The Biggest Humidor in the World
Posted: Sep 27, 2007 12:32pm ETI visited the Partagas factory in full sunshine. My Cuban friends were telling me that they could feel autumn in the air. It made me laugh to myself—I have never been so sweaty on an autumn’s day.
It was pretty hot and sticky in the rolling room of the Partagas factory in downtown Havana. About 300 rollers were busy handcrafting a range of cigars. I saw mostly large ring gauge, small length cigars being rolled. In fact, I asked if anyone was making double coronas and they said no. Most of the cigars were Regional Editions for the Middle East and Cohiba Maduros. The one Regional Edition that looked pretty amazing was a Bolivar Sublimes, which I believe is going to be sold in Lebanon.
Wow. It’s all changed. I remember the first time I visited the Partagas factory way back in September 1991, and most of the cigars being rolled were coronas and petit coronas. I still can’t get over how the French’s favorite Cuban smoke now is the Partagas Serie D No. 4. So much for the boring Montecristro No. 4 that used to reign in Paris.
Long live the Robusto! Long live regional editions! Long live Cohiba Maduros!
Nothing has changed though with the quality of rolling at Partagas. It still looks very, very good. It’s a pleasure to stand in the rolling room and watch people do their work. It makes you understand why we enjoy a fine handmade cigar. It’s all so artisan. In this age of high speed Internet and ultra-high tech, there’s something very calming watching a roller do his or her work.
I was given a Bolivar Royal Corona at the factory when we left the rolling room and entered the color sorting area. I wasn’t sure whether I should eat it or smoke it. It looked so good with its darkish wrapper. And it smelled rich and decadent – what I sometimes call the Partagas stink. (The factory controls the production of Bolivar.) The cigar smoked like a dream. It was rich and super flavorful with lots of tobacco, earth and even hints of cheese on the palate. 92 points. No wonder we at Cigar Aficionado awarded it Cigar of the Year last year.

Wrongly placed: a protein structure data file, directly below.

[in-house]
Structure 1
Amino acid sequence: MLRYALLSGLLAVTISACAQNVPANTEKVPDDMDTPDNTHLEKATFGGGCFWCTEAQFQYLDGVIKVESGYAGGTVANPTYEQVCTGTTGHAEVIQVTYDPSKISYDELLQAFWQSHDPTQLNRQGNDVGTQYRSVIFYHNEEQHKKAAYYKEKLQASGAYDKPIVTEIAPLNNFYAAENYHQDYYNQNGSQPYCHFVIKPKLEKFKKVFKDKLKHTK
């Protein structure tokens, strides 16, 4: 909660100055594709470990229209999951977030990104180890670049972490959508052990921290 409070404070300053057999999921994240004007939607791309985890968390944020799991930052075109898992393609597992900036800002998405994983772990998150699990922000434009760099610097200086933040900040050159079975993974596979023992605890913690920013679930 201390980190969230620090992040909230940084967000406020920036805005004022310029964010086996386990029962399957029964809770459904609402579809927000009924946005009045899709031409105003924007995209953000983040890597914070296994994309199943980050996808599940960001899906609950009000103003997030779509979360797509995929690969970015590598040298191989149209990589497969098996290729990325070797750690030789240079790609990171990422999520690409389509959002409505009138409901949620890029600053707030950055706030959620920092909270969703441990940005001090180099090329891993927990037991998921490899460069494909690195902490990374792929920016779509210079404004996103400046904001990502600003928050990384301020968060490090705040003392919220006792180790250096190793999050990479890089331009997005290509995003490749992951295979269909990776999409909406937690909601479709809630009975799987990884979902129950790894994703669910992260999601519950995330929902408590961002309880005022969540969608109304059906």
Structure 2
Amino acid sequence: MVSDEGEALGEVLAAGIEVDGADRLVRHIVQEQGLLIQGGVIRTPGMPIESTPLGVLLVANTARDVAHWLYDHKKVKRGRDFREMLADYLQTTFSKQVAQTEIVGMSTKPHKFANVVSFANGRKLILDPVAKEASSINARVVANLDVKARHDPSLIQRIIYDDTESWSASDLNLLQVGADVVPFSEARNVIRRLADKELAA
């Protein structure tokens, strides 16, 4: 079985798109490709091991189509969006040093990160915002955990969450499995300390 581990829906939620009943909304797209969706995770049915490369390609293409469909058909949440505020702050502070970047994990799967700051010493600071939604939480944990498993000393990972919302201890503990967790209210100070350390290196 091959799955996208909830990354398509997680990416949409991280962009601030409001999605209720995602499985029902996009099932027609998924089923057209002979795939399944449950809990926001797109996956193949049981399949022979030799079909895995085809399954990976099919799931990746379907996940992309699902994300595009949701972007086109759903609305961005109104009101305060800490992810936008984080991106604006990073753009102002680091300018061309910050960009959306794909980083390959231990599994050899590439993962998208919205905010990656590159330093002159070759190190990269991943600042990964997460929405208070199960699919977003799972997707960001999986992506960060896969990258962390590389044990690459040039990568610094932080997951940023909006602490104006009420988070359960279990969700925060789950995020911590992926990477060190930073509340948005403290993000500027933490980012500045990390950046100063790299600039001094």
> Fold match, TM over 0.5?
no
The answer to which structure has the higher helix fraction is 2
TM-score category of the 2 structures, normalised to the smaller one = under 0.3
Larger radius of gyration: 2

The Cubans seem sort of surprised that we gave so a high accolade to the smoke. “When people think of our best Robusto, they normally think of Cohiba or Partagas or even Ramon Allones,” said one person at the factory.
“El Bolivar Royal Corona es la bomba,” I told her. She didn’t look that convinced. May be it was my bad Spanish. Lost in the translation as usual.
I visited the color sorting room with quality control expert Deborah Garcia. She has been at the Partagas factory for almost as long as I can remember. And she knows her stuff.
“How do you like the Bolivar?” she asked.
“It’s rich and powerful but flavorful,” I said. “It not strong though. It delivers masses of flavor.”
She said that the humidity in the air at the moment made it a little hard to smoke cigars. “There’s too much humidity in Havana at the moment, so the cigars don’t draw perfectly,” she said. It’s cool to think that Havana is like one big humidor. And you don’t have to worry keeping the water level right in the damned thing!
I couldn’t believe all the maduro Cohibas on the coloring sorting tables. There were eight or so tables and they were all filled with maduro Cohibas. It was like I was in a chocolate factory more than a cigar factory with all the dark brown colors on the table! The dark wrapper has five years of age and it comes from the top of the plant. I like the cigars very much. I asked a number of people in the Cuban cigar industry if they planned to come out with other maduros in the future. They wouldn’t be drawn and said that they had to focus their energies on Cohiba Maduro 5 for now.
I continued to smoke my Bolivar Royal Corona and simply nodded my head in agreement…. Often saying less is more in Havana.
Comments 5 comment(s)
James Nixon — September 27, 2007 7:28pm ET
Ron Wright — September 28, 2007 2:55pm ET
James Blackmon — Athens, GA — September 28, 2007 6:01pm ET
Arturo Vela — Mexico City — September 28, 2007 7:38pm ET
Omar Kaaki — Lebanon — November 28, 2008 2:21pm ET
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